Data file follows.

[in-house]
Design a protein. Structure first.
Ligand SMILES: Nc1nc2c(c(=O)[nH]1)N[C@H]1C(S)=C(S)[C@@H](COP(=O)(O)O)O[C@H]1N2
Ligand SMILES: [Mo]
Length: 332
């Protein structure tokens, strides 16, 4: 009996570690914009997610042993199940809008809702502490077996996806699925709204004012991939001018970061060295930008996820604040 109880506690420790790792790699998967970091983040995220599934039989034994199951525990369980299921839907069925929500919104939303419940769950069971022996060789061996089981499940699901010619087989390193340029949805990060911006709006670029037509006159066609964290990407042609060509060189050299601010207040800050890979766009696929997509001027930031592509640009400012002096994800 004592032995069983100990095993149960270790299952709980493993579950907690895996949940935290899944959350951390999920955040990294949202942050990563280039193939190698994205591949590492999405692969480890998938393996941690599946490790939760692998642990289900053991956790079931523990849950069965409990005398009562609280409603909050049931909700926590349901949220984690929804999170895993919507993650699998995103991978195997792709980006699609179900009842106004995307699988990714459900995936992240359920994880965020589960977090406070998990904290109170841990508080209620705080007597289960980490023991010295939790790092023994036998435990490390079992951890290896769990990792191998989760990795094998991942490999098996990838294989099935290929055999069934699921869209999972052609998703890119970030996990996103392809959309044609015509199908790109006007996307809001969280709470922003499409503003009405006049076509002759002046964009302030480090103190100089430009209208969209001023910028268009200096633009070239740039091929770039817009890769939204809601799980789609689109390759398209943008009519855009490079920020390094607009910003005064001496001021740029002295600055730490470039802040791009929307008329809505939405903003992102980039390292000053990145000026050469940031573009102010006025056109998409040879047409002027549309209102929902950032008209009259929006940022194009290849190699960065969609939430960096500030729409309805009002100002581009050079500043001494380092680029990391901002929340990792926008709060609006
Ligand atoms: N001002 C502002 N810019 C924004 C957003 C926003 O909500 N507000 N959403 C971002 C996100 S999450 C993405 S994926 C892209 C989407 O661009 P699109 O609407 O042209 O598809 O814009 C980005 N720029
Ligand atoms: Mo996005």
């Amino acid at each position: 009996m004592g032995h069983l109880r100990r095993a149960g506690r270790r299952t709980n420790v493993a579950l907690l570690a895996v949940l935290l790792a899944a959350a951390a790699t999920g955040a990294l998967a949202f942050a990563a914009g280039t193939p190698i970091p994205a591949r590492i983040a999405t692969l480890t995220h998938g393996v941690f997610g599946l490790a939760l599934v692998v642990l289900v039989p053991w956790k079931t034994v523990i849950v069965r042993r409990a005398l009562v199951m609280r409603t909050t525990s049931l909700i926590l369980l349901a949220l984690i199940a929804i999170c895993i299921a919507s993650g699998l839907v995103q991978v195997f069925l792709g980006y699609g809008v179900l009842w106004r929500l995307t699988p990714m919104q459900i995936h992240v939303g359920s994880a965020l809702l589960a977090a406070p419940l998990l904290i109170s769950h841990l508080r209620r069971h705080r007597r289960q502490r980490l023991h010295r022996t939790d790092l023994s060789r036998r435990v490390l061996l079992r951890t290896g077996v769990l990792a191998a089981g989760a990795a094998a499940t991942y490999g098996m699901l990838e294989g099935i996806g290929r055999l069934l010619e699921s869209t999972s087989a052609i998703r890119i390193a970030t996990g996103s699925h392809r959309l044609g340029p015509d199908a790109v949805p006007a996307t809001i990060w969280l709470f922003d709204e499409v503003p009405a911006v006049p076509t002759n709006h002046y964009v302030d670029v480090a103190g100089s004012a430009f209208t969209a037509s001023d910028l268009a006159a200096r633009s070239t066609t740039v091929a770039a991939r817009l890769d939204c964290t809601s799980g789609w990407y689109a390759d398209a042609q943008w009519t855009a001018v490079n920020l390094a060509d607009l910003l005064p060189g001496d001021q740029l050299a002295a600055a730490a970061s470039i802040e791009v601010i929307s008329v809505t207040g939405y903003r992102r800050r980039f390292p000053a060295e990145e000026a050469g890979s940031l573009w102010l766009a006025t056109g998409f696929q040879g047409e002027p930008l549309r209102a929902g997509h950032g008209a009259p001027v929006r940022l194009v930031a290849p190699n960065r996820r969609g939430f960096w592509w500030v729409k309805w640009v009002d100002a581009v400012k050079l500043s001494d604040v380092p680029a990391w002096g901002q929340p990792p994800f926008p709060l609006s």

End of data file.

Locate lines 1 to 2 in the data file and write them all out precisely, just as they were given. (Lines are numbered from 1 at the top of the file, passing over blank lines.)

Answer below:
[in-house]
Design a protein. Structure first.